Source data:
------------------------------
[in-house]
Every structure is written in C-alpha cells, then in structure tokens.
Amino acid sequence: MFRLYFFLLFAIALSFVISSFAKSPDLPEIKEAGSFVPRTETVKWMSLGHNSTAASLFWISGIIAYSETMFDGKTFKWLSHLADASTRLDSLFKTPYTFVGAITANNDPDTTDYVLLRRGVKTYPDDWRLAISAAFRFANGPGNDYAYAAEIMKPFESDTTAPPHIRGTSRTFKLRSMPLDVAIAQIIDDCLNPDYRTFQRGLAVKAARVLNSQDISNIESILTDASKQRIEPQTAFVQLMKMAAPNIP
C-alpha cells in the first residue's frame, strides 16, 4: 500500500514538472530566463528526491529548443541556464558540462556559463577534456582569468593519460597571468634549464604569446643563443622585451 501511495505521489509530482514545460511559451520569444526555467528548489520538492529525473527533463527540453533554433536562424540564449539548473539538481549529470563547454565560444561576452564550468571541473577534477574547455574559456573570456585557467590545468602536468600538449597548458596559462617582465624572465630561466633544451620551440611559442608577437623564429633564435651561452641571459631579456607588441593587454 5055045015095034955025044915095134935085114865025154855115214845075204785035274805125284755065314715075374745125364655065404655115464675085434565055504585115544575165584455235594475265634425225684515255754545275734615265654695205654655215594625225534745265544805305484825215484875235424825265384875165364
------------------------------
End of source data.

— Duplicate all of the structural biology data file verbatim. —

[in-house]
Every structure is written in C-alpha cells, then in structure tokens.
Amino acid sequence: MFRLYFFLLFAIALSFVISSFAKSPDLPEIKEAGSFVPRTETVKWMSLGHNSTAASLFWISGIIAYSETMFDGKTFKWLSHLADASTRLDSLFKTPYTFVGAITANNDPDTTDYVLLRRGVKTYPDDWRLAISAAFRFANGPGNDYAYAAEIMKPFESDTTAPPHIRGTSRTFKLRSMPLDVAIAQIIDDCLNPDYRTFQRGLAVKAARVLNSQDISNIESILTDASKQRIEPQTAFVQLMKMAAPNIP
C-alpha cells in the first residue's frame, strides 16, 4: 500500500514538472530566463528526491529548443541556464558540462556559463577534456582569468593519460597571468634549464604569446643563443622585451 501511495505521489509530482514545460511559451520569444526555467528548489520538492529525473527533463527540453533554433536562424540564449539548473539538481549529470563547454565560444561576452564550468571541473577534477574547455574559456573570456585557467590545468602536468600538449597548458596559462617582465624572465630561466633544451620551440611559442608577437623564429633564435651561452641571459631579456607588441593587454 5055045015095034955025044915095134935085114865025154855115214845075204785035274805125284755065314715075374745125364655065404655115464675085434565055504585115544575165584455235594475265634425225684515255754545275734615265654695205654655215594625225534745265544805305484825215484875235424825265384875165364